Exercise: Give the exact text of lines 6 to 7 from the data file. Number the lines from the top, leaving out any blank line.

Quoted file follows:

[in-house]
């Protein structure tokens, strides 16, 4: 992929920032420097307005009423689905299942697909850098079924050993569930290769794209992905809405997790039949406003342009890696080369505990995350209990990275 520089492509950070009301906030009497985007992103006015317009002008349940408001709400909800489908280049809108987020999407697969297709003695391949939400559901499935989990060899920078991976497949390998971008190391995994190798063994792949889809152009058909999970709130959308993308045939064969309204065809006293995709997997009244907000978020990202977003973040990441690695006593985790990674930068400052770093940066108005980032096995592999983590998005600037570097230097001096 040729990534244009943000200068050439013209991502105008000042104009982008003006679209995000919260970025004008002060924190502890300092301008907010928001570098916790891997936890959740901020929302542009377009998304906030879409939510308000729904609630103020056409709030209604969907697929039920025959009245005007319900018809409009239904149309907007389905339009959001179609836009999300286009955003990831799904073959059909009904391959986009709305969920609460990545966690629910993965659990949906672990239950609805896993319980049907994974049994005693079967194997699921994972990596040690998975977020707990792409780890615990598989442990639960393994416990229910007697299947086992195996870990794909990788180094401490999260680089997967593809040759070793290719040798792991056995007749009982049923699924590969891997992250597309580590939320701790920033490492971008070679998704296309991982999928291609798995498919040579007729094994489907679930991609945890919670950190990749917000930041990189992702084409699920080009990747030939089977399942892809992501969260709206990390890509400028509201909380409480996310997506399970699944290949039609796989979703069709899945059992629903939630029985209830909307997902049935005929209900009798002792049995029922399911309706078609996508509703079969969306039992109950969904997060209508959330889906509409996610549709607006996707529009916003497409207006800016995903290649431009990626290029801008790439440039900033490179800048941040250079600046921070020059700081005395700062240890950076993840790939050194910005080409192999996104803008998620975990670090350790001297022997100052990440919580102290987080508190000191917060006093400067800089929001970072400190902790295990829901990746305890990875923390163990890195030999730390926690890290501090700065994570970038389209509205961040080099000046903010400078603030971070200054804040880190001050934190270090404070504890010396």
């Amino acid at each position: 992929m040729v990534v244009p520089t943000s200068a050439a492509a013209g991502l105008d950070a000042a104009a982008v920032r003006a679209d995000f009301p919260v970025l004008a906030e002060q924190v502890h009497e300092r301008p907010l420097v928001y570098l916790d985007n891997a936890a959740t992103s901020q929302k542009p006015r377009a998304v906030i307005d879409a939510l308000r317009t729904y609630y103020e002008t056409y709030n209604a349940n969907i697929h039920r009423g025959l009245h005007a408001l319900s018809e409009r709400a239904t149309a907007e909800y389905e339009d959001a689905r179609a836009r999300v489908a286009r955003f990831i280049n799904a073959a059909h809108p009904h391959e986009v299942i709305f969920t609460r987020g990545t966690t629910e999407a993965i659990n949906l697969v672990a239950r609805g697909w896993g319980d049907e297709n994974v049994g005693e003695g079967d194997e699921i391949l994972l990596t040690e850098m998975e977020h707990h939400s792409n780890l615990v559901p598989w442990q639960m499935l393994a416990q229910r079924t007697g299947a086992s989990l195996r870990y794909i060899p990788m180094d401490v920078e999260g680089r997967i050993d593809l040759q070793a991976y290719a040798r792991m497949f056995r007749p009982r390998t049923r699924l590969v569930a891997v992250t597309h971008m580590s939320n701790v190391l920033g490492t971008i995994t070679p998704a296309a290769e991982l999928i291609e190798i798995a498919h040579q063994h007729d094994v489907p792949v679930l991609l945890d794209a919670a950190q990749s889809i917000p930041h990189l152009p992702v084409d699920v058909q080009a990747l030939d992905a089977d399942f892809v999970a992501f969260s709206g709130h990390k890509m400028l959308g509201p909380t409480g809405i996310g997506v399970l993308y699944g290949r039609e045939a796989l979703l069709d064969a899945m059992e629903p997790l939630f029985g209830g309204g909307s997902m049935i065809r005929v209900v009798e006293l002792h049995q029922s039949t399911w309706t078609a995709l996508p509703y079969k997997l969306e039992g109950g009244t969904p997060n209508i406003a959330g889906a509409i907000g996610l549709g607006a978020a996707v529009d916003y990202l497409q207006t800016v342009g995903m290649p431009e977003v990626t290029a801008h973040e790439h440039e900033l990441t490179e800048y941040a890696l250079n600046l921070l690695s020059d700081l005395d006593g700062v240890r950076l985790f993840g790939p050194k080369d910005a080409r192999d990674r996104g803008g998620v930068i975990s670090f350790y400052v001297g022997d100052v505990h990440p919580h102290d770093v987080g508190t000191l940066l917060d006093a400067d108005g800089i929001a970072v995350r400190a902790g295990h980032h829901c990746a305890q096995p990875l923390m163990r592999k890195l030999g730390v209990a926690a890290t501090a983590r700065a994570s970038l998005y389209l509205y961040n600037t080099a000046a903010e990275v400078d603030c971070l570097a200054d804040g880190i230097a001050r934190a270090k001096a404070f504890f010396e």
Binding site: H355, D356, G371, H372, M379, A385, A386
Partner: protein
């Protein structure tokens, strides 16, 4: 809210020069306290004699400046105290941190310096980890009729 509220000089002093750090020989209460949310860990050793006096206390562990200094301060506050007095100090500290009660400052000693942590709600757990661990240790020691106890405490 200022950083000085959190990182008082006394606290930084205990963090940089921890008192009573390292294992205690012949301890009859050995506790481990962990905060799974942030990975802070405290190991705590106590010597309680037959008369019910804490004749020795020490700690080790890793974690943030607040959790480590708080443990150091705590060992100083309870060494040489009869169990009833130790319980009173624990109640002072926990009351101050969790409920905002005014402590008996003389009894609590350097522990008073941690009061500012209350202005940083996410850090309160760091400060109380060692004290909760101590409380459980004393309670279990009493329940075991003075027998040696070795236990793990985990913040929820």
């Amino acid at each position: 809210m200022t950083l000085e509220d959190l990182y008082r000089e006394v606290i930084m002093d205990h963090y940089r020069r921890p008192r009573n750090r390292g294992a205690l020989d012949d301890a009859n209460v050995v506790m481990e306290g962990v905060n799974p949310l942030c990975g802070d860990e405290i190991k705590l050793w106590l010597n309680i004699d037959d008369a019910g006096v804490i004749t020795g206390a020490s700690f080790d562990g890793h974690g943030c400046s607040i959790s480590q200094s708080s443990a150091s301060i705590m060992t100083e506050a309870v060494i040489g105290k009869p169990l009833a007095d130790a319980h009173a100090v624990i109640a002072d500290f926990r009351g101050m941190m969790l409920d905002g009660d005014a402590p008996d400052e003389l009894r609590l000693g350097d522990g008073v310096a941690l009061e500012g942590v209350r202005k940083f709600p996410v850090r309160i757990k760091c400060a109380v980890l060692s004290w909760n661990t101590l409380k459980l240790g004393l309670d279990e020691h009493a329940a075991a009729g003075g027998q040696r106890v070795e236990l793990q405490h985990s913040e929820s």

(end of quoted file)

């Protein structure tokens, strides 16, 4: 809210020069306290004699400046105290941190310096980890009729 509220000089002093750090020989209460949310860990050793006096206390562990200094301060506050007095100090500290009660400052000693942590709600757990661990240790020691106890405490 200022950083000085959190990182008082006394606290930084205990963090940089921890008192009573390292294992205690012949301890009859050995506790481990962990905060799974942030990975802070405290190991705590106590010597309680037959008369019910804490004749020795020490700690080790890793974690943030607040959790480590708080443990150091705590060992100083309870060494040489009869169990009833130790319980009173624990109640002072926990009351101050969790409920905002005014402590008996003389009894609590350097522990008073941690009061500012209350202005940083996410850090309160760091400060109380060692004290909760101590409380459980004393309670279990009493329940075991003075027998040696070795236990793990985990913040929820």
């Amino acid at each position: 809210m200022t950083l000085e509220d959190l990182y008082r000089e006394v606290i930084m002093d205990h963090y940089r020069r921890p008192r009573n750090r390292g294992a205690l020989d012949d301890a009859n209460v050995v506790m481990e306290g962990v905060n799974p949310l942030c990975g802070d860990e405290i190991k705590l050793w106590l010597n309680i004699d037959d008369a019910g006096v804490i004749t020795g206390a020490s700690f080790d562990g890793h974690g943030c400046s607040i959790s480590q200094s708080s443990a150091s301060i705590m060992t100083e506050a309870v060494i040489g105290k009869p169990l009833a007095d130790a319980h009173a100090v624990i109640a002072d500290f926990r009351g101050m941190m969790l409920d905002g009660d005014a402590p008996d400052e003389l009894r609590l000693g350097d522990g008073v310096a941690l009061e500012g942590v209350r202005k940083f709600p996410v850090r309160i757990k760091c400060a109380v980890l060692s004290w909760n661990t101590l409380k459980l240790g004393l309670d279990e020691h009493a329940a075991a009729g003075g027998q040696r106890v070795e236990l793990q405490h985990s913040e929820s």